We talked briefly about some environmental issues in class, but it was interesting to see those topics explored deeper in Ava’s presentation. I was particularly interested in her discussion of the toxicity of the water in the Painted Rock Reservoir, so I did a little more research.
In 2005, the Phoenix Sun Times described the reservoir as “one of the most toxic sinkholes of pesticide contamination in the country.” The main culprit, as Ava discussed, is the pesticide DDT. I was shocked to see the DDT, a likely carcinogen, has been found in Arizona milk. This happened because cows ate hay that was contaminated by the runoff water in the soil. In addition to this, the state advises against eating fish and other wildlife from the Gila River, because of the contamination. It is very concerning that in 2005, 36 years after DDT was banned in Arizona, it is still having such significant environmental impacts.
This points to the serious long term problems with pesticides and other forms of pollution. In our class readings, we learned about mines that have long since closed, but are still having negative impacts on their surrounding environments because of the toxic wastes associated with extractive mining. It doesn’t help that these wastes were often incorrectly disposed of, especially before federal environmental regulations became more stringent.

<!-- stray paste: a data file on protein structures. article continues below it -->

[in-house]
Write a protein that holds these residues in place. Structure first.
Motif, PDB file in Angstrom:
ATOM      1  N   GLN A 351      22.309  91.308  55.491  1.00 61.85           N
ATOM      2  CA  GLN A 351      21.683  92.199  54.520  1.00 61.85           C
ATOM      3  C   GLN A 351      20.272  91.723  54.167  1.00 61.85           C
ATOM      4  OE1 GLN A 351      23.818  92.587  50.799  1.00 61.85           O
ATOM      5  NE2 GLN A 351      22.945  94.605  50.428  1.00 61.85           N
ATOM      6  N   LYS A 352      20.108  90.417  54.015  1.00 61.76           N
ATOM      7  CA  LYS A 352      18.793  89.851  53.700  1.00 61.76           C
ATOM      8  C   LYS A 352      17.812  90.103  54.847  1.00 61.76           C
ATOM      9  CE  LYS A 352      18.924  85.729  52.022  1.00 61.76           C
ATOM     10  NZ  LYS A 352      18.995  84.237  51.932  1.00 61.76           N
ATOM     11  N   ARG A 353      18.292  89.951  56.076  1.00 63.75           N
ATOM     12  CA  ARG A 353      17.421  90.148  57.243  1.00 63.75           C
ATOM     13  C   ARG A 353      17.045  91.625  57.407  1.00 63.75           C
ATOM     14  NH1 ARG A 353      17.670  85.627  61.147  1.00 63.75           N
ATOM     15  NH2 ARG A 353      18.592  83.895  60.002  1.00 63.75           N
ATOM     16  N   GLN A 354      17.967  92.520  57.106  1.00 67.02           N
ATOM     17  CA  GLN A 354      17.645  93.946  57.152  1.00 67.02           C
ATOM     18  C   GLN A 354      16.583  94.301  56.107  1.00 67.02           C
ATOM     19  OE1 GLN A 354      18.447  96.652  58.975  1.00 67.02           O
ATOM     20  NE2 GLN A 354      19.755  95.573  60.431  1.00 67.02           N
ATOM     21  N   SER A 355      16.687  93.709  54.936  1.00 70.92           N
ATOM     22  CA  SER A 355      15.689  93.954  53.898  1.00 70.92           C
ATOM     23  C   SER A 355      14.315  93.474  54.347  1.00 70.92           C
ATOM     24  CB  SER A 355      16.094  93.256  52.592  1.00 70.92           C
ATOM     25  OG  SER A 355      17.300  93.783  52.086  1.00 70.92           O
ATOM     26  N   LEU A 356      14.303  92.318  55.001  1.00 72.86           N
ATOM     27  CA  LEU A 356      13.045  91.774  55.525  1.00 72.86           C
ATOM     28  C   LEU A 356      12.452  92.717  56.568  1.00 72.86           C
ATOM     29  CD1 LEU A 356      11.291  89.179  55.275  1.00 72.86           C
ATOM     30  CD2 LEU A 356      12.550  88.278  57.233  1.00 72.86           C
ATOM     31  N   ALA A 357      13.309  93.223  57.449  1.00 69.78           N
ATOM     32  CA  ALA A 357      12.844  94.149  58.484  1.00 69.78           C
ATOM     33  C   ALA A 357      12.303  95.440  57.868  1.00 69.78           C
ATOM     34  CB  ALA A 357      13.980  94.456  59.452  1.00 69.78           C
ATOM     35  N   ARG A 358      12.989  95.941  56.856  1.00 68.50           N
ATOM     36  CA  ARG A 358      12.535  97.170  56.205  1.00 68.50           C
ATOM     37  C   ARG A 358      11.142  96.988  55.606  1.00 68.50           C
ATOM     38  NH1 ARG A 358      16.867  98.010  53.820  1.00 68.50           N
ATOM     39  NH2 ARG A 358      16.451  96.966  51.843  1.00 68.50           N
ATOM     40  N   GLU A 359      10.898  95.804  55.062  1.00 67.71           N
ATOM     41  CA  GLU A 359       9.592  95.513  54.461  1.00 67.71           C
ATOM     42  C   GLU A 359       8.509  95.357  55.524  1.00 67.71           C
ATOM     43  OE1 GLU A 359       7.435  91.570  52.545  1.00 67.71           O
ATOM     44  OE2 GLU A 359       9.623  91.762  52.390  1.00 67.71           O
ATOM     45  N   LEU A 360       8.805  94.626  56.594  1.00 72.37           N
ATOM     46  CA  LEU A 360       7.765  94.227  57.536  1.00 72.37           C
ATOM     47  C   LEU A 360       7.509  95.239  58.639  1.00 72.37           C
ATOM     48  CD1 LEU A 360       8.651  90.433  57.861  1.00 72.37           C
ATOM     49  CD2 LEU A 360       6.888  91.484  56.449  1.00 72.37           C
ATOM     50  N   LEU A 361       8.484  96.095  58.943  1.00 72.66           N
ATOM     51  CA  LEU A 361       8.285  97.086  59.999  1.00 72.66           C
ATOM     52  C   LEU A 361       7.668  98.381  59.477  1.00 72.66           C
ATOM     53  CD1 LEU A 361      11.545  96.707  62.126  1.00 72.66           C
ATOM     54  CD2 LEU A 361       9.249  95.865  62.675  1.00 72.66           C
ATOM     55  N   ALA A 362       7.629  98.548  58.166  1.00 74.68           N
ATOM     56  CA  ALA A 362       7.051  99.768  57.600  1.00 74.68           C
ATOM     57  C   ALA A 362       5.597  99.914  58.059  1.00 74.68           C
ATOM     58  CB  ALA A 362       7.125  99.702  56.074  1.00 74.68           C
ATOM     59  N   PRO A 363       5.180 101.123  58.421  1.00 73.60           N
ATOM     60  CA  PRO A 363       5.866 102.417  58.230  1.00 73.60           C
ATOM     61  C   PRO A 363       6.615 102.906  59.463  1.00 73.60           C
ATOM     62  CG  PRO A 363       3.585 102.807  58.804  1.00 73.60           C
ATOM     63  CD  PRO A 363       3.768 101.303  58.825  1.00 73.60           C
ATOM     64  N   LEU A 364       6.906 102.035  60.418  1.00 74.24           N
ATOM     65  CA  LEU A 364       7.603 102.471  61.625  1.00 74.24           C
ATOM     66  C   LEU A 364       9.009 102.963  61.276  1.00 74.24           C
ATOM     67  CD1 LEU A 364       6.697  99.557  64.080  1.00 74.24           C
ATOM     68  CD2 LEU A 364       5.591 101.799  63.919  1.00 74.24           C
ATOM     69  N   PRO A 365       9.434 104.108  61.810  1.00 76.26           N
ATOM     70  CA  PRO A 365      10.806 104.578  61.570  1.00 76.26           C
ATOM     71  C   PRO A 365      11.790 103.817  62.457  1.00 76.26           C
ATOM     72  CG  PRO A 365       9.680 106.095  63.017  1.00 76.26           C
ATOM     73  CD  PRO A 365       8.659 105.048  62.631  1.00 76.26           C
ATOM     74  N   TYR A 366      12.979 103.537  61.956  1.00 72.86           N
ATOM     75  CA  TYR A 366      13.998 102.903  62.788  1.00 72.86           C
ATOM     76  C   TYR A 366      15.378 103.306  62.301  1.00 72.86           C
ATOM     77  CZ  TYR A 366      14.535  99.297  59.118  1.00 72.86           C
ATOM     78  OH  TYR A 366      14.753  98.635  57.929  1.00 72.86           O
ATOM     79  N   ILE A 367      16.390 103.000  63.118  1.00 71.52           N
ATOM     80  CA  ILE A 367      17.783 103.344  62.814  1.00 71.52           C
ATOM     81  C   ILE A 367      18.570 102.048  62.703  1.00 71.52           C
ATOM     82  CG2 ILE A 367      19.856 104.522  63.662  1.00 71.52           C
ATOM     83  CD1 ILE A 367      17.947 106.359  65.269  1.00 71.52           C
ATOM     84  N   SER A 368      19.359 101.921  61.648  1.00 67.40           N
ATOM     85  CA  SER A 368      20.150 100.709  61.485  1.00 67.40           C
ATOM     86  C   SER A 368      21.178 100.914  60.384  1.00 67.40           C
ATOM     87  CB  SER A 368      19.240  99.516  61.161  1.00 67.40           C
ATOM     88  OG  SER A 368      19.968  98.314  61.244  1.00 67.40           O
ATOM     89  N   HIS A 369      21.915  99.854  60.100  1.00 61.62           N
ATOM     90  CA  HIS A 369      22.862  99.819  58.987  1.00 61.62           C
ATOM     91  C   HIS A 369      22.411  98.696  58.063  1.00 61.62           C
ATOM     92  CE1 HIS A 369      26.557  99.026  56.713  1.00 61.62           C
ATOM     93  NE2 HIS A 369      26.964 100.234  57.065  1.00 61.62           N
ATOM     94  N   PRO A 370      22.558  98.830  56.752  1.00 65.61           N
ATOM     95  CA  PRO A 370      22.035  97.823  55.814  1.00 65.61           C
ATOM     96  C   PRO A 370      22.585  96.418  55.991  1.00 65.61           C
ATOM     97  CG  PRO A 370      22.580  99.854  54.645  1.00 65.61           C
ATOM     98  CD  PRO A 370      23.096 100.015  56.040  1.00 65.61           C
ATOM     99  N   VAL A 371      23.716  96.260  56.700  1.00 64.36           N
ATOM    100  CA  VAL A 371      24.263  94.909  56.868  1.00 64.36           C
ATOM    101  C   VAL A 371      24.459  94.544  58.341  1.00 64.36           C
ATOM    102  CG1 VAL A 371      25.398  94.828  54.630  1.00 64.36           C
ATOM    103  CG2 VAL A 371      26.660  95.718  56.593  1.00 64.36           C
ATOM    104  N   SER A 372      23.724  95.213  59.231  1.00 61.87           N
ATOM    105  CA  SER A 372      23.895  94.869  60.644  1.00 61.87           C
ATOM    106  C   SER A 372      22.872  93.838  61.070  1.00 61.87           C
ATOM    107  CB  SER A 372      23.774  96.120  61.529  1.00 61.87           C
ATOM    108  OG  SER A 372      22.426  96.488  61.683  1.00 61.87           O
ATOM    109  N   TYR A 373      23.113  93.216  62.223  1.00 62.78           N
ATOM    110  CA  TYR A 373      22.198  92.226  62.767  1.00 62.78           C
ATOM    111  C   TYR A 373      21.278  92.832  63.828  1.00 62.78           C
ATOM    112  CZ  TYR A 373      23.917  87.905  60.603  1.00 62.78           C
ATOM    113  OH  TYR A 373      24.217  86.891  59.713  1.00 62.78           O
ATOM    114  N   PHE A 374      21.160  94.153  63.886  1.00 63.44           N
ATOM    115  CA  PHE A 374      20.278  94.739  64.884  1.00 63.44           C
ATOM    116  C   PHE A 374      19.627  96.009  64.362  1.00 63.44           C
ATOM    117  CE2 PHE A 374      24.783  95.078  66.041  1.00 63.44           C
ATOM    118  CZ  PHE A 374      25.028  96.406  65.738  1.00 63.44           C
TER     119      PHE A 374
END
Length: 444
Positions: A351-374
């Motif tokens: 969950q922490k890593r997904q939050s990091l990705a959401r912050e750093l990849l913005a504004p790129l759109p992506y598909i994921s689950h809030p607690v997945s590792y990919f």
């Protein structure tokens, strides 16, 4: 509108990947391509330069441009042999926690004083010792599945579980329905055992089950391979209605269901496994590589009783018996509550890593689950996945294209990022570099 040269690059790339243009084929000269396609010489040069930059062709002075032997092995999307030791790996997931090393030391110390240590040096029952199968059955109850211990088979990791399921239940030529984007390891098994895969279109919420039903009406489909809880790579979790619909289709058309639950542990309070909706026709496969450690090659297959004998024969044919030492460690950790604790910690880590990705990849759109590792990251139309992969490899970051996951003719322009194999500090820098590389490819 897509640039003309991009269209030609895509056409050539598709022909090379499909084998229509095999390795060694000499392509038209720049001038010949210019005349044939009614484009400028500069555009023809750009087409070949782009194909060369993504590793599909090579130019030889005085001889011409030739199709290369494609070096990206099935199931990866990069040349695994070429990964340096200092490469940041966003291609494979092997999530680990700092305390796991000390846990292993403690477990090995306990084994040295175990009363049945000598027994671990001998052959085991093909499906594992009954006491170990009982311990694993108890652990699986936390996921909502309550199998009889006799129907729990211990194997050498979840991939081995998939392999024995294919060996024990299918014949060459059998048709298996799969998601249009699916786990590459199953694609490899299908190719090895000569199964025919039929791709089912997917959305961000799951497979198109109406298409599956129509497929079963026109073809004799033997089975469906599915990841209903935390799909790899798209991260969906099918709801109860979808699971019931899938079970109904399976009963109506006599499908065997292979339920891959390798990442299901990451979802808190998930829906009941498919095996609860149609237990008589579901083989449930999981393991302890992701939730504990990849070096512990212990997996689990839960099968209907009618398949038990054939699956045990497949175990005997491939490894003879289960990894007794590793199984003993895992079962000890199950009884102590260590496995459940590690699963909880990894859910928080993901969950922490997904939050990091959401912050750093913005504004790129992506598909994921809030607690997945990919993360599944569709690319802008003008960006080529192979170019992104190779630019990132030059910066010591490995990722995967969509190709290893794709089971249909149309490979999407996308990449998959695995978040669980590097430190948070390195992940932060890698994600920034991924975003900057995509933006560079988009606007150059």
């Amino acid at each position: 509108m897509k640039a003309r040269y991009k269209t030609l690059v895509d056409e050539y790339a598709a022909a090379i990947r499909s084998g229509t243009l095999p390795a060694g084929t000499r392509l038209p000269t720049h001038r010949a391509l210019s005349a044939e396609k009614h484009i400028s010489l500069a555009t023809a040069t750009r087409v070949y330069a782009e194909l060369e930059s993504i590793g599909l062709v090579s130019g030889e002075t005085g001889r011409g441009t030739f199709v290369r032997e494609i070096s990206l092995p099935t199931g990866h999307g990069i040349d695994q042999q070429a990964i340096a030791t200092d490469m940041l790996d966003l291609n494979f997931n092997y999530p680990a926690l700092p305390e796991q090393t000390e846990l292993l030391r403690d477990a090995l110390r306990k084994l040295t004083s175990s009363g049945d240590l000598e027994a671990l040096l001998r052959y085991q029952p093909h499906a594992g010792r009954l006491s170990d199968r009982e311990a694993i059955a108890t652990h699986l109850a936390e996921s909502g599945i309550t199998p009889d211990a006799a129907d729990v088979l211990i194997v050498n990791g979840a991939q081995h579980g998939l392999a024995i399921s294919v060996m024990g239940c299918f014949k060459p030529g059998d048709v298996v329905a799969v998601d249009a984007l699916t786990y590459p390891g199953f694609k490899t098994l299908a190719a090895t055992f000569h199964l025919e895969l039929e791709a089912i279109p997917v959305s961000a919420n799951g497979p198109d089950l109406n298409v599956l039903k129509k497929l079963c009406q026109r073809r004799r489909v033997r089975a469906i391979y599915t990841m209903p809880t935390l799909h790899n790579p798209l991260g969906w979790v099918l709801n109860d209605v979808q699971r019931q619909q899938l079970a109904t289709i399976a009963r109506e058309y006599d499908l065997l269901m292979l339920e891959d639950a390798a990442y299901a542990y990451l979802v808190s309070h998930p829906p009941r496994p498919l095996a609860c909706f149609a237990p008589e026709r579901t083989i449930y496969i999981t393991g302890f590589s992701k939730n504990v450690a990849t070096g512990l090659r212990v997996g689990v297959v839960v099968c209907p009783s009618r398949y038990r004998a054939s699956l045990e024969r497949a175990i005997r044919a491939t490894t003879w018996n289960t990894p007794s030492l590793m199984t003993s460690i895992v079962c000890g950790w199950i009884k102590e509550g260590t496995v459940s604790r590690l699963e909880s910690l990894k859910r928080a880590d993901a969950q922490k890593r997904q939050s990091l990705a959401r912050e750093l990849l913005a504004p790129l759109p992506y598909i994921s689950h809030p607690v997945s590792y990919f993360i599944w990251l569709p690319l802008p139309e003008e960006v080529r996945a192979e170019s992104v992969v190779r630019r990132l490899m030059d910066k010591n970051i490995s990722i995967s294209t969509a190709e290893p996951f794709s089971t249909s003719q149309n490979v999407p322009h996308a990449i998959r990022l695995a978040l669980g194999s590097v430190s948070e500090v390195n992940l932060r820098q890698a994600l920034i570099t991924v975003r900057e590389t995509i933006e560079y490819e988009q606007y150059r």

Beyond the scope of environmental damage, the pollution in the Painted Rock Reservoir has also had negative economic impacts for the Gila River community. One 2012 article in the High-Country News reports that the town was full of boarded up buildings, and looked generally sad. This example of environmental problems ruining a local economy, I am sure, is one of many. It is important to consider the effect that this, and other, instances of pollution have had on the economic outcomes of the Tohono O’odham. It seems logical to think that problems such have this one have only compounded the economic hardships faced by a tribe with an unemployment rate of almost 40 percent.